Into Africa

Three Fulbright Scholars, three countries, three perspectives on a changing region

For many decades, Boston University’s African Studies Center (ASC) has produced top scholars in the field. Now part of the Frederick S. Pardee School of Global Studies, the ASC trains students in multiple African languages and academic disciplines. In the last two years, eleven BU doctoral students have conducted field research in Africa through the ASC, with eight of them funded by Fulbright or Fulbright-Hays grants. This report introduces three of these student researchers who traveled to three southern African countries in 2015.

Art historian and curator Lynne Cooney settled in Johannesburg to study post-apartheid art at a major urban museum. In tiny Lesotho, environmental historian Christopher Conz probed the history of the exchange of information on land use. And cultural historian Lilly Havstad lived in the Mozambican capital Maputo to research foodways and the colonial legacy. Their combined inquiries shed light on patterns of growth and change in parts of a vast and complex continent that remains often misrepresented and misunderstood.

The writer’s travel for these stories was supported in large part by the BU African Studies Center, which is funded by the U.S. Department of Education’s International and Foreign Language Education Programs.



  1. I am truly inspired by all your efforts. I realize that there are unfairness cannot be exterminated , like difference between contries and difference between status even in the same society. Neverthless, I truly believe that is what we should work for. :)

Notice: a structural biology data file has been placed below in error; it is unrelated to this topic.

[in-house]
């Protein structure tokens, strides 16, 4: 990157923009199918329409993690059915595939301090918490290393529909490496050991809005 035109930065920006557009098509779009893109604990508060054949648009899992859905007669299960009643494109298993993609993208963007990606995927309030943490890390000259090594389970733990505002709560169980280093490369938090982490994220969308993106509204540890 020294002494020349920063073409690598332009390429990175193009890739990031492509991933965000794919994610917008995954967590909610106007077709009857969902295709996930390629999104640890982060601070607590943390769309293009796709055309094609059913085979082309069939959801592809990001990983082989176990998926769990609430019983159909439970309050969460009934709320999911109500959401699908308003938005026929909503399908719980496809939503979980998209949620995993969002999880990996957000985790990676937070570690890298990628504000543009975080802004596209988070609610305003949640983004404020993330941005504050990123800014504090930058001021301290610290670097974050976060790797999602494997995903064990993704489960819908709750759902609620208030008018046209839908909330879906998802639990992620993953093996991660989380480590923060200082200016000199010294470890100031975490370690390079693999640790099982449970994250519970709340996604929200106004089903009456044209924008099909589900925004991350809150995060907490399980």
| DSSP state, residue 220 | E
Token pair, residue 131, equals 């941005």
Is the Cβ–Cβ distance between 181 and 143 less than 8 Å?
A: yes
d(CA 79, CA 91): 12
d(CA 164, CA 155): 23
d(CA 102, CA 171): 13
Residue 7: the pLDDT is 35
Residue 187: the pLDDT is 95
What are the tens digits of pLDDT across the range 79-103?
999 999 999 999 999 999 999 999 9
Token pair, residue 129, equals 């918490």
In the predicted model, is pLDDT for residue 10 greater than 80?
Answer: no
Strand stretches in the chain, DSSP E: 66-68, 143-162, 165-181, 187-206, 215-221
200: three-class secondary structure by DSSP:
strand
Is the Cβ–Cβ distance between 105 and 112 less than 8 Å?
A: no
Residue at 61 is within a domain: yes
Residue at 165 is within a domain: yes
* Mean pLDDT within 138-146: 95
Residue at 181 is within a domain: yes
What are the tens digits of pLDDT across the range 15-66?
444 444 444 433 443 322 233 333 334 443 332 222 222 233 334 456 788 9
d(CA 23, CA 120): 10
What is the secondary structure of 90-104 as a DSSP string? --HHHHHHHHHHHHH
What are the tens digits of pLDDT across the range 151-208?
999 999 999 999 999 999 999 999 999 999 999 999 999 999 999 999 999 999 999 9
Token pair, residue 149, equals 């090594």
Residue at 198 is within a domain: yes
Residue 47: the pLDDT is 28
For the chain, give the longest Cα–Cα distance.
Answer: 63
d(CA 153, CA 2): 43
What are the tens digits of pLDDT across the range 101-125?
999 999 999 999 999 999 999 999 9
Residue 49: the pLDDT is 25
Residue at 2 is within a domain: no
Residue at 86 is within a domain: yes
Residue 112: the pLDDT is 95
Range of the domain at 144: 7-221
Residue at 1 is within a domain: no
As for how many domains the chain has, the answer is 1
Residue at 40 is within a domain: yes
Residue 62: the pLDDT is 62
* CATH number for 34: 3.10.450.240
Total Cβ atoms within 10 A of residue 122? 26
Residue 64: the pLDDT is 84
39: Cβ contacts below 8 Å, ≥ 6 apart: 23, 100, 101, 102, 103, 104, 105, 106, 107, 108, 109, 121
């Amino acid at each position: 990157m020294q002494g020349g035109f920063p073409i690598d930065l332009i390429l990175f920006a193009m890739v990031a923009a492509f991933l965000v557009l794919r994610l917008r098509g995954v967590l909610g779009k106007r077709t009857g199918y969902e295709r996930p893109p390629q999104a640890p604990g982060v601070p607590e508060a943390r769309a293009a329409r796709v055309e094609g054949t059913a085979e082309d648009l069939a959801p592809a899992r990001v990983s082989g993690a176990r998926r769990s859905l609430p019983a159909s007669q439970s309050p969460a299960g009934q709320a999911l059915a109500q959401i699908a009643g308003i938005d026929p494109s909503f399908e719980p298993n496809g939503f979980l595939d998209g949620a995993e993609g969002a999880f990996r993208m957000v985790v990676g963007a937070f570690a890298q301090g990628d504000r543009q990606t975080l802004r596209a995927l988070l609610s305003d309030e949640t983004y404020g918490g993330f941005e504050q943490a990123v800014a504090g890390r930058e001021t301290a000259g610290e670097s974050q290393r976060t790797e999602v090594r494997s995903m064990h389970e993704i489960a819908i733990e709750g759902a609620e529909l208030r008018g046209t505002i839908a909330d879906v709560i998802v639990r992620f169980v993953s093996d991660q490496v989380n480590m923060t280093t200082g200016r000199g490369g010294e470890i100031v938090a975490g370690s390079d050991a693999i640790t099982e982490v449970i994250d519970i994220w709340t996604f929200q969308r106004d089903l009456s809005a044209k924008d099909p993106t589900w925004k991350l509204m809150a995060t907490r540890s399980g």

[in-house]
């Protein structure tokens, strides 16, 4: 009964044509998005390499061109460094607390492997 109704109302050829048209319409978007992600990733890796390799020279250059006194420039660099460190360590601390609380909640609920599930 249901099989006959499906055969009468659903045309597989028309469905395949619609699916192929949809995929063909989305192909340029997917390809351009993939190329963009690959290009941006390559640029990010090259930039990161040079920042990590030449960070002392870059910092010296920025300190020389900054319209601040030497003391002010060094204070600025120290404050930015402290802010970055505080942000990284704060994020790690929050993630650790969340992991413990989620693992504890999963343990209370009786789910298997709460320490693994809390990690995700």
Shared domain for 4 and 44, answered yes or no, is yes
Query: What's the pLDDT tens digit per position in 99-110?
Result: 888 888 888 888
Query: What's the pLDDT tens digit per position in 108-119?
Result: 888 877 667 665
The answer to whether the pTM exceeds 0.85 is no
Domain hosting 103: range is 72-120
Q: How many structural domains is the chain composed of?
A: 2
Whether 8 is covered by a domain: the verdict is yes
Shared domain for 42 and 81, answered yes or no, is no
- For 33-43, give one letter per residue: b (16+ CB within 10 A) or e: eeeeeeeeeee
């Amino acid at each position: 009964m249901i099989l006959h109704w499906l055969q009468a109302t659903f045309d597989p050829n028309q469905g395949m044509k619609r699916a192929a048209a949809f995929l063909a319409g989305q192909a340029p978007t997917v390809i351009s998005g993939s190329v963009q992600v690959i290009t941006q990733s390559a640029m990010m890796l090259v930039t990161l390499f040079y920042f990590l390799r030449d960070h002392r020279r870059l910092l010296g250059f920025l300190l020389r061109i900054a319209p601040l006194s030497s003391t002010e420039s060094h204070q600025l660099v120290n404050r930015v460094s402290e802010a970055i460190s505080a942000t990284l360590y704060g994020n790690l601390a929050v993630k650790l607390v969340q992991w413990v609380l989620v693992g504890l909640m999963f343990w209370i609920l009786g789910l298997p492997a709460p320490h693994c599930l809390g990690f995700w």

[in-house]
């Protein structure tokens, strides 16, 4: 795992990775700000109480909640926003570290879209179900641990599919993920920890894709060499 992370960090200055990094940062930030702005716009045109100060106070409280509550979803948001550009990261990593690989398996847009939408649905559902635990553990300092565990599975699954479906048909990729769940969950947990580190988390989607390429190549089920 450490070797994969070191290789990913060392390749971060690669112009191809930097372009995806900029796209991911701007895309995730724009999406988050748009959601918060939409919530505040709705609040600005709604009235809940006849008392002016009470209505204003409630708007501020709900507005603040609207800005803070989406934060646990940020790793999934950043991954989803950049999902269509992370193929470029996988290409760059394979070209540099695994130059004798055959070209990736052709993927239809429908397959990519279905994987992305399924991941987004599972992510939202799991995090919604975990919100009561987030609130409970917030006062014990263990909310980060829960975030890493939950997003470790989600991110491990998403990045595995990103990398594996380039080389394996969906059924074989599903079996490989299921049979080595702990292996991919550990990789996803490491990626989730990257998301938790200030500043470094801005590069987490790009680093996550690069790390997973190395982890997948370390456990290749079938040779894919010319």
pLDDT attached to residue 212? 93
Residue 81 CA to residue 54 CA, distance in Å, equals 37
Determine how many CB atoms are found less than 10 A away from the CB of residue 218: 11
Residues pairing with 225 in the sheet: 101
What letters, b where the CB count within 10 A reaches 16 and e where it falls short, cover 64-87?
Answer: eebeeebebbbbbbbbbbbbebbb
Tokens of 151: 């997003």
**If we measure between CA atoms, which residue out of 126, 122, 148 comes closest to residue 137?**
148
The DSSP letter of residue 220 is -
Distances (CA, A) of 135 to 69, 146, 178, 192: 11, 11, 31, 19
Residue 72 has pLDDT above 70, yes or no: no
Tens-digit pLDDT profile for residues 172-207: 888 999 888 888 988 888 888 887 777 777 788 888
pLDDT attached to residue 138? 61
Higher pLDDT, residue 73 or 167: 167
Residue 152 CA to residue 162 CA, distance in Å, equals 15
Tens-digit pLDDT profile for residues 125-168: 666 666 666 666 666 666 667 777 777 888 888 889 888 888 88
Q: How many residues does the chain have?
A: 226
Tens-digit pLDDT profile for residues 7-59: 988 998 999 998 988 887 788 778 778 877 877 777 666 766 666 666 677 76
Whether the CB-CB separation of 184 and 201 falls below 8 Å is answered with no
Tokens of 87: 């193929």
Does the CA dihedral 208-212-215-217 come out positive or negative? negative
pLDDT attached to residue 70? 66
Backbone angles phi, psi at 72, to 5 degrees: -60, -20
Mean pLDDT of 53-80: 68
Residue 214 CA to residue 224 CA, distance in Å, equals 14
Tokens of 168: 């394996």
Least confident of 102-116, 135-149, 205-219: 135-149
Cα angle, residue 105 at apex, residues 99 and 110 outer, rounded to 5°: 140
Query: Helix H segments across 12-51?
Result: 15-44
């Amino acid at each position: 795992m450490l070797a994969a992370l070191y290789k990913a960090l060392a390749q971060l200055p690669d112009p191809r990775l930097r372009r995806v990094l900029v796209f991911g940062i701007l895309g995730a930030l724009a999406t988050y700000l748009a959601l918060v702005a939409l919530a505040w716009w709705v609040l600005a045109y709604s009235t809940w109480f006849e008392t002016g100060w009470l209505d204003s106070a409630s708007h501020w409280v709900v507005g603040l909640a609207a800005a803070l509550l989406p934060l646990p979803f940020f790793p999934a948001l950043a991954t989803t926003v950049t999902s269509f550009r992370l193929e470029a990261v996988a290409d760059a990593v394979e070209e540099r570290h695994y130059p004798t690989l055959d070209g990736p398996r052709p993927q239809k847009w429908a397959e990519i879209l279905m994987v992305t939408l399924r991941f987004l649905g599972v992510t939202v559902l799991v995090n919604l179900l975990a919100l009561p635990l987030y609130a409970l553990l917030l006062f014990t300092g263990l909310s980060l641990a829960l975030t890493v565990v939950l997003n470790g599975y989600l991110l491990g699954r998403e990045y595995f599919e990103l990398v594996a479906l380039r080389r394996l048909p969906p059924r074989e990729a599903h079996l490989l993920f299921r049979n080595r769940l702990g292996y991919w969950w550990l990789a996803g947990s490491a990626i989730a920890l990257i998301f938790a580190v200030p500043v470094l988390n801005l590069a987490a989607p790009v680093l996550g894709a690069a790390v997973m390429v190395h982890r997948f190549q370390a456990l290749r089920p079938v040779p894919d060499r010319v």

2. It is fascinating to see these succeful people and doing a great job which they like. Thanks Lara for sharing this promising article that eventually will bring equality between countries.

  3. Like the others, I applaud the efforts of these research students and congratulate them for their efforts in opening up Africa to BU and beyond. Obviously, these reports cover just a tiny part of the population and ongoing life and activities of this great continent and would like to recommend reading beyond cultural programs and activities into ongoing socio-economic and technological developments across the Fifty-four (54) independent countries with emphasis on the sub-Sahara region. This will help provide a bit of a balanced projection whenever the continent comes under the radar view of the reading public and particularly, students and their professors.
    Once again, kudos to the young researchers for writing.

    Helpful links-

  4. While there is no question that we need to reach out to africa and welcome them into the world’s science and economy, I am skeptical of these “research” programs. I think they only serve the researchers (I mean, that’s why they are doing this: to get tenure, get more grants, etc.) and have little to no impact on the people they are studying. In that sense, it’s just another way for everyone else to exploit the people of africa as has been the case for centuries.

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